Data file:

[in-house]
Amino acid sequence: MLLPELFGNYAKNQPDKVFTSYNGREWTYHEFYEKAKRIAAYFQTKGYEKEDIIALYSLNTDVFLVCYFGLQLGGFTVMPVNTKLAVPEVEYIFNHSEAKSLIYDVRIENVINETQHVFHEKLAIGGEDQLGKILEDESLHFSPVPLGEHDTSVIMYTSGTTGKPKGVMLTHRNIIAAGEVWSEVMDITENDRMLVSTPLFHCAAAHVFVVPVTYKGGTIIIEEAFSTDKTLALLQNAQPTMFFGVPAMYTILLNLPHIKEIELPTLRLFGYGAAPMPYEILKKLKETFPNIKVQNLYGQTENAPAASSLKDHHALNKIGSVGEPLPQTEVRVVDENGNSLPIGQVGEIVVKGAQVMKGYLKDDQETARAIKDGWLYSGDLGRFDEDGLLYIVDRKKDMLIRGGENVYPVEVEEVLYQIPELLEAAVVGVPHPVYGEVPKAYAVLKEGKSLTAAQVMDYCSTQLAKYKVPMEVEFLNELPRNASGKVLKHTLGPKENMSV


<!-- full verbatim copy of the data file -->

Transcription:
[in-house]
Amino acid sequence: MLLPELFGNYAKNQPDKVFTSYNGREWTYHEFYEKAKRIAAYFQTKGYEKEDIIALYSLNTDVFLVCYFGLQLGGFTVMPVNTKLAVPEVEYIFNHSEAKSLIYDVRIENVINETQHVFHEKLAIGGEDQLGKILEDESLHFSPVPLGEHDTSVIMYTSGTTGKPKGVMLTHRNIIAAGEVWSEVMDITENDRMLVSTPLFHCAAAHVFVVPVTYKGGTIIIEEAFSTDKTLALLQNAQPTMFFGVPAMYTILLNLPHIKEIELPTLRLFGYGAAPMPYEILKKLKETFPNIKVQNLYGQTENAPAASSLKDHHALNKIGSVGEPLPQTEVRVVDENGNSLPIGQVGEIVVKGAQVMKGYLKDDQETARAIKDGWLYSGDLGRFDEDGLLYIVDRKKDMLIRGGENVYPVEVEEVLYQIPELLEAAVVGVPHPVYGEVPKAYAVLKEGKSLTAAQVMDYCSTQLAKYKVPMEVEFLNELPRNASGKVLKHTLGPKENMSV